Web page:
HL Deb 02 March 1987 vol 485 cc434-5

2.40 p.m.

Viscount Torrington

My Lords, I beg leave to ask the Question standing in my name on the Order Paper.

The Question was as follows:

To ask Her Majesty's Government whether they have received any definitive evidence, either negative or positive, whether the AIDS virus is being transmitted by blood sucking insects such as mosquitoes.

Baroness Trumpington

My Lords, we are not aware of any evidence to suggest that insects have ever transmitted the virus. Your Lordships may be interested to know that I opened a scientific conference on AIDS last Friday. During that conference, one of the scientists said that efforts had been made to infect seven different types of mosquitoes with the AIDS virus and that none of those attempts had been successful.

Viscount Torrington

My Lords, I thank my noble friend for that robust but not totally definitive reply, but would she agree that there is at least some similarity of function between a mosquito's proboscis and a shared hypodermic syringe? Does the Minister consider that this might, in some small part, account for the considerable spread of this disease in densely populated tropical parts of Africa?

Baroness Trumpington

My Lords, I am advised that there are several reasons why it is not thought that mosquitoes would transmit AIDS. First, only a proportion of the blood cells of an infected person contain the virus. It is therefore unlikely that the tiny quantity of blood sucked up by a mosquito would contain the virus in any quantity. Secondly, there is no evidence that the virus can multiply in mosquitoes. Finally, mosquitoes and other blood-sucking insects bite in order to suck blood from people and animals, and not to inject blood into them.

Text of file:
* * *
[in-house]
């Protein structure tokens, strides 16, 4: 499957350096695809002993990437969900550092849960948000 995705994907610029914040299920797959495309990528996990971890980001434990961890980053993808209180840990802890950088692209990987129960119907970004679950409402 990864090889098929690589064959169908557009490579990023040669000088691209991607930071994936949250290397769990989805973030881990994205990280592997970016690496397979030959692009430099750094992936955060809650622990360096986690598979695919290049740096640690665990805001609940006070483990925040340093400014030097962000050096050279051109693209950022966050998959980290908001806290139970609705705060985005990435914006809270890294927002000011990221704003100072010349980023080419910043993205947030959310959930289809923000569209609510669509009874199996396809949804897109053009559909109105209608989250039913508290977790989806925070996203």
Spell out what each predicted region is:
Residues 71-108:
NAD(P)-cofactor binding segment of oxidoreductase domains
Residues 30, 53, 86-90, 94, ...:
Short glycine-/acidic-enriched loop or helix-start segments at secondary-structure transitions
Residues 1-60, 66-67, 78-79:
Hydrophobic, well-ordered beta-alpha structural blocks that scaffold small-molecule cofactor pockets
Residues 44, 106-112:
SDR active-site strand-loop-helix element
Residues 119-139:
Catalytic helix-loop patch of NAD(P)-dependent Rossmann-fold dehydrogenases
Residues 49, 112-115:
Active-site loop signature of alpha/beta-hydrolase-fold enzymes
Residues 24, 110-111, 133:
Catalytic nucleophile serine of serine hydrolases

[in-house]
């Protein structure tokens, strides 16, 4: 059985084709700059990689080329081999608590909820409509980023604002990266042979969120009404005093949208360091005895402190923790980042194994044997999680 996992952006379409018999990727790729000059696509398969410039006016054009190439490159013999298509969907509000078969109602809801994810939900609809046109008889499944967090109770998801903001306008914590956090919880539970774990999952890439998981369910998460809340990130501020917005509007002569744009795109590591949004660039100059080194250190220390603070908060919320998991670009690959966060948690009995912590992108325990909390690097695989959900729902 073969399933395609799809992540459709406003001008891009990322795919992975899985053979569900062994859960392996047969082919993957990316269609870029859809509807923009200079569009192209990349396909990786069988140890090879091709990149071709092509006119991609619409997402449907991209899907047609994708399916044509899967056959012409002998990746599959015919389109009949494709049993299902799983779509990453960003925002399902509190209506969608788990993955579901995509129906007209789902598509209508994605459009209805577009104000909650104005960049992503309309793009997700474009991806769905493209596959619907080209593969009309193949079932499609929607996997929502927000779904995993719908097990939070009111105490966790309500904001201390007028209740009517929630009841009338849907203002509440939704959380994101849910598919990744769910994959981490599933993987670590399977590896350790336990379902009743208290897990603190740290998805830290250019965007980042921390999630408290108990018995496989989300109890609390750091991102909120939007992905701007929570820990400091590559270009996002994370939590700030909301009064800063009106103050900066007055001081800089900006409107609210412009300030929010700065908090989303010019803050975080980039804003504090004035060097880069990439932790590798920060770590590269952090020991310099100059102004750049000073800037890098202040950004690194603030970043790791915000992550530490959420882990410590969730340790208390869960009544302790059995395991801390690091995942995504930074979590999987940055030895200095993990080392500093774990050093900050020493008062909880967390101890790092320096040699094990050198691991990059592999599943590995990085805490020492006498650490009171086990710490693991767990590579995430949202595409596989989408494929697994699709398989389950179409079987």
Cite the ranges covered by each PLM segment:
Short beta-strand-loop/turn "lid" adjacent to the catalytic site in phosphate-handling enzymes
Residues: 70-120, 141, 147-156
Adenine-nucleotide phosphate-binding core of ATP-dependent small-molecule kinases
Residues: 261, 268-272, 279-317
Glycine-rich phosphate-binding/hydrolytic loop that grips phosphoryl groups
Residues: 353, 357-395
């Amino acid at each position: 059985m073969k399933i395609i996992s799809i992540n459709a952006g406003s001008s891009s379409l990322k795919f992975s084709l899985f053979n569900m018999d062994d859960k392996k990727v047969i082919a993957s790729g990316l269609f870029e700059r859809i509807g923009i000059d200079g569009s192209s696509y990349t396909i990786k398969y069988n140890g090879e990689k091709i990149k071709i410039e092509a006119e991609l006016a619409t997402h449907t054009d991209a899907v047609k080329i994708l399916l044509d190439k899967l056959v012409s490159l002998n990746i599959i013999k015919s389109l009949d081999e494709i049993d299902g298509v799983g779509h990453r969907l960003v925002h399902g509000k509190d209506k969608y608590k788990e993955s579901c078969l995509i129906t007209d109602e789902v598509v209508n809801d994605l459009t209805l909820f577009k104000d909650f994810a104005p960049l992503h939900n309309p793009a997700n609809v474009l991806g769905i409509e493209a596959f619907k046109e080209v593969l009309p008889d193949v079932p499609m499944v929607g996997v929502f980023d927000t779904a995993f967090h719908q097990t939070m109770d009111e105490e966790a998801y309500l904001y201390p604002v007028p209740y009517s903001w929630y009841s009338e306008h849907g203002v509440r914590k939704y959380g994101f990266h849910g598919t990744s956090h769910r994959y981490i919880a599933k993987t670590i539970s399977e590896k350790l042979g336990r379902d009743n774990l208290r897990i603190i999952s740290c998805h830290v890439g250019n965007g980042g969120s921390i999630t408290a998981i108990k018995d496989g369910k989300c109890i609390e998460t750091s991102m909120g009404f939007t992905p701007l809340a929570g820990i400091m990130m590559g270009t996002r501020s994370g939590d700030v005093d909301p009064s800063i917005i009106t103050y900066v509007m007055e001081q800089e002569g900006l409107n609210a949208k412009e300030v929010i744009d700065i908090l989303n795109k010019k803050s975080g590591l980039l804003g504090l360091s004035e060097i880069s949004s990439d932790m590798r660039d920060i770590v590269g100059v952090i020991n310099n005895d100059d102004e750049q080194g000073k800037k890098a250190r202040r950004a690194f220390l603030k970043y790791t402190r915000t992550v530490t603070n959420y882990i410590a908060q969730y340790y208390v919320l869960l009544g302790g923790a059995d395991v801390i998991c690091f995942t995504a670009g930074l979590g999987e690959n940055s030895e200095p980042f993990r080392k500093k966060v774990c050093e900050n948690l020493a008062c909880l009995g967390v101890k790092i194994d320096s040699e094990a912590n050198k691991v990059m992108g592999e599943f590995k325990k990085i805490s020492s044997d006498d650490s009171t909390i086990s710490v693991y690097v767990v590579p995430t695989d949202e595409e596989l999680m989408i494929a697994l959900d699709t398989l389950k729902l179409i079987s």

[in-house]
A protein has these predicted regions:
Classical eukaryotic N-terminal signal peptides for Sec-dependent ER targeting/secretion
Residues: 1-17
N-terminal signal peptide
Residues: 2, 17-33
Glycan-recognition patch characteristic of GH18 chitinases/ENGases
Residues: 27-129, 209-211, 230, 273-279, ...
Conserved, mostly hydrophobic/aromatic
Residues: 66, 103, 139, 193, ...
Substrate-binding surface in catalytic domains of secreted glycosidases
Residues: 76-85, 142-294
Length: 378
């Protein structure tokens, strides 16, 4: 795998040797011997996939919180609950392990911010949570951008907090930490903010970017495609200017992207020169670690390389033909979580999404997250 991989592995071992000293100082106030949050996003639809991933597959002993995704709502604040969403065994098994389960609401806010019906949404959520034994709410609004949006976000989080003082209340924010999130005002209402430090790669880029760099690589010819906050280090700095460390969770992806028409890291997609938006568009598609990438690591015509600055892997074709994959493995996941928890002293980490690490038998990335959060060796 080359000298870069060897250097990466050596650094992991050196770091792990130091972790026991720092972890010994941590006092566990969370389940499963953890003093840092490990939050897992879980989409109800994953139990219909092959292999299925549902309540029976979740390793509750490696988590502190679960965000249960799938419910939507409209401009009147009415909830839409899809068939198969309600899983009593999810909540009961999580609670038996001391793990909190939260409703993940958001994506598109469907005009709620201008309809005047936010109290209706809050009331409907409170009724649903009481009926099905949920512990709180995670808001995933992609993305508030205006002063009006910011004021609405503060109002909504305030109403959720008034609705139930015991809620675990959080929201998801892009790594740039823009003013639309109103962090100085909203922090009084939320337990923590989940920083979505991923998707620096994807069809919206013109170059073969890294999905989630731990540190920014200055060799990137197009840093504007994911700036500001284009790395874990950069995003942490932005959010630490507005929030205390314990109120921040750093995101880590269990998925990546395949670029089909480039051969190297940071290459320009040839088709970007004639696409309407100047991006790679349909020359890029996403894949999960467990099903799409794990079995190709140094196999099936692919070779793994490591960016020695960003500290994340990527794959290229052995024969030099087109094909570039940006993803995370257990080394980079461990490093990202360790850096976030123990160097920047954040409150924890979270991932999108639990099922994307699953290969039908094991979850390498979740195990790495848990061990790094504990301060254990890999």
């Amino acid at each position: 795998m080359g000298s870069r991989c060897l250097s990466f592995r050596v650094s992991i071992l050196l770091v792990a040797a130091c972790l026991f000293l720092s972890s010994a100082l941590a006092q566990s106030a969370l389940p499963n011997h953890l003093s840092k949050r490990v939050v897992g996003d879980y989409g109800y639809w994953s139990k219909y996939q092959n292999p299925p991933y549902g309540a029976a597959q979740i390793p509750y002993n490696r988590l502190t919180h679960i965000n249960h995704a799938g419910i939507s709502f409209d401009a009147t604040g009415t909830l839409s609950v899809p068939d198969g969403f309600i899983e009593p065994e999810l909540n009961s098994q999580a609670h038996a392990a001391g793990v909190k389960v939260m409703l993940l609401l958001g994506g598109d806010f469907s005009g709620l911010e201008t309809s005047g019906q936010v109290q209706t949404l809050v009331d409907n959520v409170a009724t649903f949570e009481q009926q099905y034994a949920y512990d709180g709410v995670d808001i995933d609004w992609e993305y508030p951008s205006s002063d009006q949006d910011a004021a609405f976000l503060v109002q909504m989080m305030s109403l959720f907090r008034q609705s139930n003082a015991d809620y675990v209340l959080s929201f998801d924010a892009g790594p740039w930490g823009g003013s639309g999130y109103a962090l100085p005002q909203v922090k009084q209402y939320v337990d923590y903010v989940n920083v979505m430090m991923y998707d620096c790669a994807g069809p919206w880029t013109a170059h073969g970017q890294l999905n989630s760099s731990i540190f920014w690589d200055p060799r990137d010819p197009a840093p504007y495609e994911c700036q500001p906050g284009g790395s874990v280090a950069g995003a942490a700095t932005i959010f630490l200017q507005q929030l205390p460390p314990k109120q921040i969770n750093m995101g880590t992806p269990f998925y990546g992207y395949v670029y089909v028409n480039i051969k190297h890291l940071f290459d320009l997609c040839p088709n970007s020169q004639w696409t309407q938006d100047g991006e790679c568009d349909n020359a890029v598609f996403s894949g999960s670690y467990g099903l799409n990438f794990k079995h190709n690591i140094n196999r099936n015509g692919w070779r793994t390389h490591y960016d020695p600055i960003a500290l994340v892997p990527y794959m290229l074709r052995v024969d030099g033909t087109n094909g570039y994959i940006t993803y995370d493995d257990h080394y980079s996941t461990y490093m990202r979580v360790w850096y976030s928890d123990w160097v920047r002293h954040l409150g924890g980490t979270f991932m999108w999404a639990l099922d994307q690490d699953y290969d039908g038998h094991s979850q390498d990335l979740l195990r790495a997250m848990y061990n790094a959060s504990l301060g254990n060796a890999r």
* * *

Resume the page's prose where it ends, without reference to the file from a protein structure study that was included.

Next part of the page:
Baroness Sharples

My Lords, can my noble friend say whether we are safe from vampire bats?

Baroness Trumpington

My Lords, vampire bats and other bats can be infected by the rabies virus and can thus transmit that virus. However, bats cannot be infected with the human AIDS virus and it is therefore highly unlikely that blood sucking bats could transmit the virus from man to man. There is no evidence that this has ever happened.

Lord Ennals

My Lords, while expressing great sympathy for the mosquitoes which have suffered as a result of these experiments, would it not be appropriate for this House to express thanks to the BBC and Independent Television for their significant series of programmes in the past few days which were highly constructive and well aimed at those for whom the disease is particularly a problem?

Baroness Trumpington

My Lords, I thank the noble Lord, Lord Ennals, for his last remarks. I know that my right honourable friend the Secretary of State shares his view and that my colleagues and I feel exactly the same. We are very grateful to the BBC and Independent Television for the part that they have played.

Baroness Masham of Ilton

My Lords, now that the AIDS virus has been found in cats in the United States of America, is there any possibility that fleas could transmit the virus?

Baroness Trumpington

My Lords, I have replies to questions on bed bugs and monkeys but I regret that I do not have fleas. Well, your Lordships will know what I mean, and I think I have said enough!